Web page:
The ideal ham should have certain physical characteristics, such as a shiny and smooth yellow outside, a rounded shape in the style of a bamboo leaf, small joint and hoof, a thin and slender bone, an abundant layer of fat surrounding dark and red toned meat, a pronounced but not unpleasant odor, a fine textured meat with high levels of intramuscular fat, and a taste that is highly salty, umami, and sweet. The outside of the ham may have small amounts of mold, but this is considered normal and thought to contribute to the ham's flavor.[11]

Chemical analysis


The taste of Jinhua ham arises from the high concentration of free amino acids and nucleotides in the ham, more specifically, glutamic acid and 5'-inosinic acid. Although the total amount of amino acids is not different from the uncured ham, the high proportion of the free compounds from the long curing process allows for the highly umami taste of the ham. The taste is also contributed by fermentation, due largely to the molds and some yeasts present on the ham.[10][12]

The aroma and the aroma compounds of Jinhua ham are similar to that of dry-cured Iberian hams but different from light Italian and Parma hams. This is likely due to the longer aging and environmental exposure of both Jinhua and Iberian hams. The fragrant compounds consist of aldehydes, sulfur compounds such as methanethiol and dimethyl disulfide, and branched alkenes, which are derived from the breakdown and rearrangement of amino acids and fatty acids caused by auto-oxidation and fermentation.[12]

Pesticide scandal


In 2003, Jinhua ham was the center of a controversial food safety incident in China. In the incident, several small producers of Jinhua hams operated out of season and produced hams during warmer months, treating their hams with pesticides to prevent spoilage and insect infestation.[13] The hams were soaked in the pesticide dichlorvos, which is a volatile organophosphate insecticide used for fumigation.[14] The incident strongly affected legitimate makers of the ham and caused a sharp drop-off in market demand.[15]

See also


Chinese hams


  1. ^ Ang, C.Y.W.; Liu, K.; Huang, Y.W. (1999). Asian Foods: Science and Technology. Taylor & Francis. p. 209. ISBN 978-1-56676-736-1. Retrieved May 22, 2017.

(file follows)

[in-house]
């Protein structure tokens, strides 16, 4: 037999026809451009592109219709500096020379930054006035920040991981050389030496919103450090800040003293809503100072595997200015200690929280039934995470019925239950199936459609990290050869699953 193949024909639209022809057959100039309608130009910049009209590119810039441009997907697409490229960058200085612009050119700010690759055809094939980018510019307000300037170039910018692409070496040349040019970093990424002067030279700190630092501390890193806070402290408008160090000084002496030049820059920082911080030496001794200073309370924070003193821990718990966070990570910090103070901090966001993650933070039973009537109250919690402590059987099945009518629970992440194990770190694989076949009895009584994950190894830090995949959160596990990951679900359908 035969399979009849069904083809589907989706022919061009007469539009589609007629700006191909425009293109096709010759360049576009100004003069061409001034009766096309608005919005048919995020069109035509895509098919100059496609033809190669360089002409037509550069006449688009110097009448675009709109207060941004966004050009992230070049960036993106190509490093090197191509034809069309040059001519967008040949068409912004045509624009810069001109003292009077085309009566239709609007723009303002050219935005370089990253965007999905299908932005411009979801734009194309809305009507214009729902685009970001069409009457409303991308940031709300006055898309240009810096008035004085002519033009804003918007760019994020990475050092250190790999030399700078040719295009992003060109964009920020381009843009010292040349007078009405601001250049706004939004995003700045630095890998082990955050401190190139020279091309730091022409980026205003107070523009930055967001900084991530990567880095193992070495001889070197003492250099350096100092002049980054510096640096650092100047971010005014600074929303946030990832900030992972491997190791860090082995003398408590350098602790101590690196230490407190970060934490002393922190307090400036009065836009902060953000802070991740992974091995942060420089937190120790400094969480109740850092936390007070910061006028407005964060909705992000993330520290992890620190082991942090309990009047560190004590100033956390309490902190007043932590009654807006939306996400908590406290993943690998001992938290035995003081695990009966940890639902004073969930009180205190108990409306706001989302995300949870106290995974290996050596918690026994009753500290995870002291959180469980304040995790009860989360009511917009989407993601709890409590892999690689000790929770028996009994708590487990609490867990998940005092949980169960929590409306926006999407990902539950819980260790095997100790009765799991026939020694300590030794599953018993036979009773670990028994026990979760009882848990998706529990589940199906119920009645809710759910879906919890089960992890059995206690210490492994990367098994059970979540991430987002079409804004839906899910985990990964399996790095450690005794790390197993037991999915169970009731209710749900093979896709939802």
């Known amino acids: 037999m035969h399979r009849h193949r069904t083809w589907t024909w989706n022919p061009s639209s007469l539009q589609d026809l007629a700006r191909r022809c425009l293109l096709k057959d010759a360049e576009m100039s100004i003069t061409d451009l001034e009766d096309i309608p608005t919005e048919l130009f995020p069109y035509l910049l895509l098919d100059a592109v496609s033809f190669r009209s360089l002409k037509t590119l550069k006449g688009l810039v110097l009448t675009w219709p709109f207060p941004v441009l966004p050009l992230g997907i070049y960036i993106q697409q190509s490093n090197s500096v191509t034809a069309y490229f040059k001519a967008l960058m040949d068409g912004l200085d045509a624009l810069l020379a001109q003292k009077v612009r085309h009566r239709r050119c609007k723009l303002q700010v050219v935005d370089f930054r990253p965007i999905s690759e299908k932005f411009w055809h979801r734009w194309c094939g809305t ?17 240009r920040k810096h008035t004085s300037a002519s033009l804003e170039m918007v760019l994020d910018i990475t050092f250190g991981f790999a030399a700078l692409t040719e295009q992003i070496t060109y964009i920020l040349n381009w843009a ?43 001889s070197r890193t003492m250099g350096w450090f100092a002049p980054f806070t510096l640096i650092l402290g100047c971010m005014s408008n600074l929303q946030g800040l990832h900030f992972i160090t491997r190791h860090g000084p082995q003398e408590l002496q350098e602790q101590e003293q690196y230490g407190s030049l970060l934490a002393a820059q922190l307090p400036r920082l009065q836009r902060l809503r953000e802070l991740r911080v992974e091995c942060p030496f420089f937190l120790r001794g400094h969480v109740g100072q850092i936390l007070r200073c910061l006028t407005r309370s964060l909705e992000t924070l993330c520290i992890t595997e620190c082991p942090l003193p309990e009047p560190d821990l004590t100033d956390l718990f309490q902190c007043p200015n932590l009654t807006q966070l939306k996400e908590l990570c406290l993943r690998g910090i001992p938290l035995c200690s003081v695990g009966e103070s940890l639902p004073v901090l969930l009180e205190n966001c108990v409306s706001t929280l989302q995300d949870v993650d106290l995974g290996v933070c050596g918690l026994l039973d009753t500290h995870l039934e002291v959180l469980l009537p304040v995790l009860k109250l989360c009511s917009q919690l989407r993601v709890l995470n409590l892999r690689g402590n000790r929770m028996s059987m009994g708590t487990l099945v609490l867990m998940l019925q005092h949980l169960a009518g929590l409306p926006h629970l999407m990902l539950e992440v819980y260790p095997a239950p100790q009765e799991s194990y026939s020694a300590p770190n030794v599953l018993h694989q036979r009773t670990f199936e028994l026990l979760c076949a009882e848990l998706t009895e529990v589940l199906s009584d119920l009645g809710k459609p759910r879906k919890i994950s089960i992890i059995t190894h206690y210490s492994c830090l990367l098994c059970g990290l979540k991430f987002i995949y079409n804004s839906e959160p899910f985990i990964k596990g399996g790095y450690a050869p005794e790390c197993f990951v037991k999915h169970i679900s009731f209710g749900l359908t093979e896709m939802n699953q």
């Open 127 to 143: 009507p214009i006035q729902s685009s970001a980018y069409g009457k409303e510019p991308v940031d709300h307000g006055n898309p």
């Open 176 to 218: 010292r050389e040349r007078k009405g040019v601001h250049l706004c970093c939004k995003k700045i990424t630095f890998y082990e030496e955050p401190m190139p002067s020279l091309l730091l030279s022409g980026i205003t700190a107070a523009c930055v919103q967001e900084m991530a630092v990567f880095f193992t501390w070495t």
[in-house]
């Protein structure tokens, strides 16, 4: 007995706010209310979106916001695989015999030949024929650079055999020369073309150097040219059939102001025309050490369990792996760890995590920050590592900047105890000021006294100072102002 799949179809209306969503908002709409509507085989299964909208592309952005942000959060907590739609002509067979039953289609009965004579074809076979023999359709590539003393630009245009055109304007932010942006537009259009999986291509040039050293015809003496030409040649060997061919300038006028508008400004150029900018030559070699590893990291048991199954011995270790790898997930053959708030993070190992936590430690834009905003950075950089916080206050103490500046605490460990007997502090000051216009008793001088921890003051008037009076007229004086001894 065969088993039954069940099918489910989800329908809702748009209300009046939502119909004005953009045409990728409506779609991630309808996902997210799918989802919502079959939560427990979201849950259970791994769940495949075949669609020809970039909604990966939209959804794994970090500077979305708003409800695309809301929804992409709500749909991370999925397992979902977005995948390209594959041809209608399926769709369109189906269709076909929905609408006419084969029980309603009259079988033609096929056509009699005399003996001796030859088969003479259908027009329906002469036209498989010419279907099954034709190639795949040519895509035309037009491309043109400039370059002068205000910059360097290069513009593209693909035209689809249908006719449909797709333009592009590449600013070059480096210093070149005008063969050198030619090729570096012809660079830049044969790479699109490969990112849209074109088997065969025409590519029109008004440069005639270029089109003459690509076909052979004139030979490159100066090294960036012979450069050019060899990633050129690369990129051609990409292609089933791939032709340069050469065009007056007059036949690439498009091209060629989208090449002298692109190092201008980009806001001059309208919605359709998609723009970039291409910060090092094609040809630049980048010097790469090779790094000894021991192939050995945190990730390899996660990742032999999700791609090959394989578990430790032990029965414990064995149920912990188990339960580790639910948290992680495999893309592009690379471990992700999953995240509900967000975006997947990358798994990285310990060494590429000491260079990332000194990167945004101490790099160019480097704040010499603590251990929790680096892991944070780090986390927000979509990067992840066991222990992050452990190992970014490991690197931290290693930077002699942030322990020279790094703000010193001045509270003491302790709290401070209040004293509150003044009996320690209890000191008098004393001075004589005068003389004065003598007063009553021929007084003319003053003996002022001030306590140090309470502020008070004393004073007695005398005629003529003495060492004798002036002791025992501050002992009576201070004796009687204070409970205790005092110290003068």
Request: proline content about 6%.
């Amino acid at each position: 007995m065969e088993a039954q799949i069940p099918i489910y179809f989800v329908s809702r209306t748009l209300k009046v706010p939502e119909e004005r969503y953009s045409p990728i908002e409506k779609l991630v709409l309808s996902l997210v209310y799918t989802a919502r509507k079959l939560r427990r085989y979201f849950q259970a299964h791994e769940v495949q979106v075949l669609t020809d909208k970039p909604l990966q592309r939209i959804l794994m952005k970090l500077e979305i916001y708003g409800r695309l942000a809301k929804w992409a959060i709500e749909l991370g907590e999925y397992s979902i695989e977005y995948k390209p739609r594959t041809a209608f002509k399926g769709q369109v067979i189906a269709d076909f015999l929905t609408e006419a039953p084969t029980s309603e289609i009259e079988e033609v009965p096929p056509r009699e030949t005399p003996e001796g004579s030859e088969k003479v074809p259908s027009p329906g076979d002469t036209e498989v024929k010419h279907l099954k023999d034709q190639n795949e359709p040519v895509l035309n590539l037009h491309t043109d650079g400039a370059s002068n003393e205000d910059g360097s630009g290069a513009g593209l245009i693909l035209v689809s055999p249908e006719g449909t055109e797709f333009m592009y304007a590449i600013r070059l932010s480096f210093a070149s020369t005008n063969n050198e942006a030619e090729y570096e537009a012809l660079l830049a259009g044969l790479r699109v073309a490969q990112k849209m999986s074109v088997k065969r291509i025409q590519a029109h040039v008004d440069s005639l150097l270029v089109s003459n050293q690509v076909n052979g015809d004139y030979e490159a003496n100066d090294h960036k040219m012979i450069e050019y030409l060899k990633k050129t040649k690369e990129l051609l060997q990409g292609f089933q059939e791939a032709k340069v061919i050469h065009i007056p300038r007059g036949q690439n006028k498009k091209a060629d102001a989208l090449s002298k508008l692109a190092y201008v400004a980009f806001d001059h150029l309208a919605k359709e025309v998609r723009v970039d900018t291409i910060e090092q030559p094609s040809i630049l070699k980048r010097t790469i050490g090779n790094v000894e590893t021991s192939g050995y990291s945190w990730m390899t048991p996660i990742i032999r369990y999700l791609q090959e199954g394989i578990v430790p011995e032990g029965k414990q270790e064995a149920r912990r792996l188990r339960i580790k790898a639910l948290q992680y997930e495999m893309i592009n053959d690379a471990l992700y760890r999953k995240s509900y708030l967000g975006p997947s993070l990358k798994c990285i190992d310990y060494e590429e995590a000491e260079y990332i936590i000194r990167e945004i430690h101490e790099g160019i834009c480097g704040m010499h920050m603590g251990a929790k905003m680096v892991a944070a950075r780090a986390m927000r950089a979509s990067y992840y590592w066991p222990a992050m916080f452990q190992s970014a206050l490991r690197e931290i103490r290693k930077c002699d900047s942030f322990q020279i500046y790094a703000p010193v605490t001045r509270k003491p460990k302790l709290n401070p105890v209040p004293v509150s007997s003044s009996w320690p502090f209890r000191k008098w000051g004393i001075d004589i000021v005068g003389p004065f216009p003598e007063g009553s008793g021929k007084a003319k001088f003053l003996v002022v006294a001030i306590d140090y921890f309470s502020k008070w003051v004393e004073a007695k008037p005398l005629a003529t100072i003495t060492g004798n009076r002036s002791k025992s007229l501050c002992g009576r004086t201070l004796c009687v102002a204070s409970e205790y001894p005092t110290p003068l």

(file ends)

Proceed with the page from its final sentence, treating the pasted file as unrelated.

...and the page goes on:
2. ^ Kristbergsson, K.; Oliveira, J. (2016). Traditional Foods: General and Consumer Aspects. Integrating Food Science and Engineering Knowledge Into the Food Chain. Springer US. p. 234. ISBN 978-1-4899-7648-2. Retrieved May 22, 2017.
  3. ^ a b c d Wang Ang, Catharina Yung-Kang; Liu, KeShun; Huang, Yao-Wen (1999), Asian foods: science & technology, CRC Press, pp. 209–212, ISBN 978-1-56676-736-1
  4. ^ 金华猪, archived from the original on November 20, 2008
  5. ^ a b 颖, 钟 (December 13, 2006), 火腿是这样"炼"成的, 钱江晚报, archived from the original on April 21, 2009
  6. ^ a b c d Zhou, G.H.; Zhao, G.M. (2007), "Biochemical changes during processing of traditional Jinhua ham", Meat Science, 77 (1): 114–120, doi:10.1016/j.meatsci.2007.03.028, PMID 22061402
  7. ^ Filippini, Maria Antonietta (September 26, 2013). "Quegli Etruschi che vendevano prosciutti". Gazzetta di Mantova.
  8. ^ Marcus Porcius Cato, Libri de Re Rustica, M. Catonis, M. Terentii Varronis, L. Iunii Moderati Columellę, Palladii Rutilii, Lutetiæ, 1533
  9. ^ Callow, EH (December 1947). "The Action of Salts and other Substances Used in the Curing of Bacon and Ham". British Journal of Nutrition. 1 (2–3): 269–274. doi:10.1079/bjn19470037. PMID 18907930.
  10. ^ a b WAGU, Yutaka; KAKUTA, Toshitaka; SHINDO, Hitoshi; KOIZUMI, Takeo (1994), "General components, amino acid, 5'-nucleotide and microorganism of Chinese fermented food "Jinhua Huotui"", Nippon Shokuhin Kogyo Gakkai-Shi, 41 (12): 921–926, doi:10.3136/nskkk1962.41.921 - [1][permanent dead link] - Profile
  11. ^ 历代文豪与金华火腿, archived from the original on November 19, 2008
  12. ^ a b Du, M.; Ahn, D.U. (2001), Volatile Substances of Chinese Traditional Jinhua Ham and Cantonese Sausage, vol. 66, Journal of Food Science, pp. 827–831
  13. ^ Jinhua Ham scam exposed, Shanghai Star, November 20, 2003, archived from the original on June 11, 2011, retrieved November 25, 2008
  14. ^ 金, 燃明明 (November 17, 2003), 死猪肉加工 敌敌畏浸泡 金华"毒火腿"冲击市场, 扬子晚报
  15. ^ 离, 地七寸 (June 4, 2004), 浙江金华"毒"火腿 把产业逼入最冷的冬天, 人民网